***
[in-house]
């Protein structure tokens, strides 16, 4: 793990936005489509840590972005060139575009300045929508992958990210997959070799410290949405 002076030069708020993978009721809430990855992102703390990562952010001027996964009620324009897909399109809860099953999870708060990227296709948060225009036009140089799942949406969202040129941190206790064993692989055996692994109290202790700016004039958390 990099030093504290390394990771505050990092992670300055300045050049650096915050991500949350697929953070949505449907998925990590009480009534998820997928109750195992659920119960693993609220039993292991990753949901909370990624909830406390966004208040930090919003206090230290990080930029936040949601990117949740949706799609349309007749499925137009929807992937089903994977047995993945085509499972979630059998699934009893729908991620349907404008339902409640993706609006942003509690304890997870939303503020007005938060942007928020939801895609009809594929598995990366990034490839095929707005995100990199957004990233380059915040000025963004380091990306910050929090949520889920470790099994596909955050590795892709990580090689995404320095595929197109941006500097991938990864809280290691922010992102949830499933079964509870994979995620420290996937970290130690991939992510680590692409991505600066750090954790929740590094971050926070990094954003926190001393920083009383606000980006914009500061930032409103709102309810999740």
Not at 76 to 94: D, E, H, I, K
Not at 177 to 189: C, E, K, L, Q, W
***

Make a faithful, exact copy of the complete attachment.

[in-house]
């Protein structure tokens, strides 16, 4: 793990936005489509840590972005060139575009300045929508992958990210997959070799410290949405 002076030069708020993978009721809430990855992102703390990562952010001027996964009620324009897909399109809860099953999870708060990227296709948060225009036009140089799942949406969202040129941190206790064993692989055996692994109290202790700016004039958390 990099030093504290390394990771505050990092992670300055300045050049650096915050991500949350697929953070949505449907998925990590009480009534998820997928109750195992659920119960693993609220039993292991990753949901909370990624909830406390966004208040930090919003206090230290990080930029936040949601990117949740949706799609349309007749499925137009929807992937089903994977047995993945085509499972979630059998699934009893729908991620349907404008339902409640993706609006942003509690304890997870939303503020007005938060942007928020939801895609009809594929598995990366990034490839095929707005995100990199957004990233380059915040000025963004380091990306910050929090949520889920470790099994596909955050590795892709990580090689995404320095595929197109941006500097991938990864809280290691922010992102949830499933079964509870994979995620420290996937970290130690991939992510680590692409991505600066750090954790929740590094971050926070990094954003926190001393920083009383606000980006914009500061930032409103709102309810999740």
Not at 76 to 94: D, E, H, I, K
Not at 177 to 189: C, E, K, L, Q, W